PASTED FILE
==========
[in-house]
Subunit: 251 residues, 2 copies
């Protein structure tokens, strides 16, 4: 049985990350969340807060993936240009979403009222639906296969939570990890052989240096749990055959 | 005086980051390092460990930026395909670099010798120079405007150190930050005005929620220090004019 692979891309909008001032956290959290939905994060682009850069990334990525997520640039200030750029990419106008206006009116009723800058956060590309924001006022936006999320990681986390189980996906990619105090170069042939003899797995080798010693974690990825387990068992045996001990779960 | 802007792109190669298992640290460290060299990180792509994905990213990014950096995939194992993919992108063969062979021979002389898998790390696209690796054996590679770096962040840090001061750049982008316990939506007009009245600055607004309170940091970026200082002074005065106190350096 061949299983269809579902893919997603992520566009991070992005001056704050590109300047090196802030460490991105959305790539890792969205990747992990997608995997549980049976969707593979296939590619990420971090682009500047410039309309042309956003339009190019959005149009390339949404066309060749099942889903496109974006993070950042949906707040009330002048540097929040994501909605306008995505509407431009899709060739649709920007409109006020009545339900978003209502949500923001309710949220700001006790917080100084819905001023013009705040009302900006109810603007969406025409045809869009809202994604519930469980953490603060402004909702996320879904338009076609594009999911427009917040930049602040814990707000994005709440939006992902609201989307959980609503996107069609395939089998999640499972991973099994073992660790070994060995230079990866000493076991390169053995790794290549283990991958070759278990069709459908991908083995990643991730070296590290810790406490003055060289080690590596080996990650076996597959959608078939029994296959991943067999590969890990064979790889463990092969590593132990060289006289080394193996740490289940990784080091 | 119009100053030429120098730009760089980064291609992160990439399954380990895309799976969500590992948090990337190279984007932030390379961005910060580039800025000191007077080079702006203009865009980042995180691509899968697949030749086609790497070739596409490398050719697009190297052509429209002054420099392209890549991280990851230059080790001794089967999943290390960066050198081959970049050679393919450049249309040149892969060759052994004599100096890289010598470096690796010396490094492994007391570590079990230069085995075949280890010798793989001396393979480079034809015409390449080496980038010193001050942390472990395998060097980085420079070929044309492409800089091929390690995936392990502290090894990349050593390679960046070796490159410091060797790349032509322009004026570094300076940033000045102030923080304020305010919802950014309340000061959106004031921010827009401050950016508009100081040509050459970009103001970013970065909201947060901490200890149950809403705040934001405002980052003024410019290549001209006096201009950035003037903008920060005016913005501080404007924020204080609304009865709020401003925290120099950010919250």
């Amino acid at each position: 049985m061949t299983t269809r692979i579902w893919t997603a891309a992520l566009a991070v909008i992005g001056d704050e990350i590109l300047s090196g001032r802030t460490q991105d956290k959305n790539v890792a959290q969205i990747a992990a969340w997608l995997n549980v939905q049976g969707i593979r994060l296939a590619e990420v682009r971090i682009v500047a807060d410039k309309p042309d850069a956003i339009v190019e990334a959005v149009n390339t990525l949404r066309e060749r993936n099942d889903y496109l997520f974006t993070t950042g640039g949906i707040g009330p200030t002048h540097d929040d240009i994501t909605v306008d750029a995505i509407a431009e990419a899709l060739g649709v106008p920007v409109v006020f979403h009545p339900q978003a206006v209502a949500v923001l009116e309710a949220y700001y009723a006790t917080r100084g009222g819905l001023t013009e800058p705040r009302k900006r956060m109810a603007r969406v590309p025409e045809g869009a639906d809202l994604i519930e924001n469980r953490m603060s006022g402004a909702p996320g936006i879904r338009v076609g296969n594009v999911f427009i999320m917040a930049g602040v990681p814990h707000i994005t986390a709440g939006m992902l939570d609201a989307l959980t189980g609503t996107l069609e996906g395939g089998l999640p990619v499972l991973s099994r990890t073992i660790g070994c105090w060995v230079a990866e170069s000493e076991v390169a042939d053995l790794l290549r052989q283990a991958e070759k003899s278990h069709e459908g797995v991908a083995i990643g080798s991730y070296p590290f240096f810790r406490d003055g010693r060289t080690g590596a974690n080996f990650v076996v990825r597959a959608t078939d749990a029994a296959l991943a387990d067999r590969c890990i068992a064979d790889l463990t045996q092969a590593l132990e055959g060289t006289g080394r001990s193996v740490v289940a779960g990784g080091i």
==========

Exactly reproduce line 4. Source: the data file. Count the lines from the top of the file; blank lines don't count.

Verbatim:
């Amino acid at each position: 049985m061949t299983t269809r692979i579902w893919t997603a891309a992520l566009a991070v909008i992005g001056d704050e990350i590109l300047s090196g001032r802030t460490q991105d956290k959305n790539v890792a959290q969205i990747a992990a969340w997608l995997n549980v939905q049976g969707i593979r994060l296939a590619e990420v682009r971090i682009v500047a807060d410039k309309p042309d850069a956003i339009v190019e990334a959005v149009n390339t990525l949404r066309e060749r993936n099942d889903y496109l997520f974006t993070t950042g640039g949906i707040g009330p200030t002048h540097d929040d240009i994501t909605v306008d750029a995505i509407a431009e990419a899709l060739g649709v106008p920007v409109v006020f979403h009545p339900q978003a206006v209502a949500v923001l009116e309710a949220y700001y009723a006790t917080r100084g009222g819905l001023t013009e800058p705040r009302k900006r956060m109810a603007r969406v590309p025409e045809g869009a639906d809202l994604i519930e924001n469980r953490m603060s006022g402004a909702p996320g936006i879904r338009v076609g296969n594009v999911f427009i999320m917040a930049g602040v990681p814990h707000i994005t986390a709440g939006m992902l939570d609201a989307l959980t189980g609503t996107l069609e996906g395939g089998l999640p990619v499972l991973s099994r990890t073992i660790g070994c105090w060995v230079a990866e170069s000493e076991v390169a042939d053995l790794l290549r052989q283990a991958e070759k003899s278990h069709e459908g797995v991908a083995i990643g080798s991730y070296p590290f240096f810790r406490d003055g010693r060289t080690g590596a974690n080996f990650v076996v990825r597959a959608t078939d749990a029994a296959l991943a387990d067999r590969c890990i068992a064979d790889l463990t045996q092969a590593l132990e055959g060289t006289g080394r001990s193996v740490v289940a779960g990784g080091i």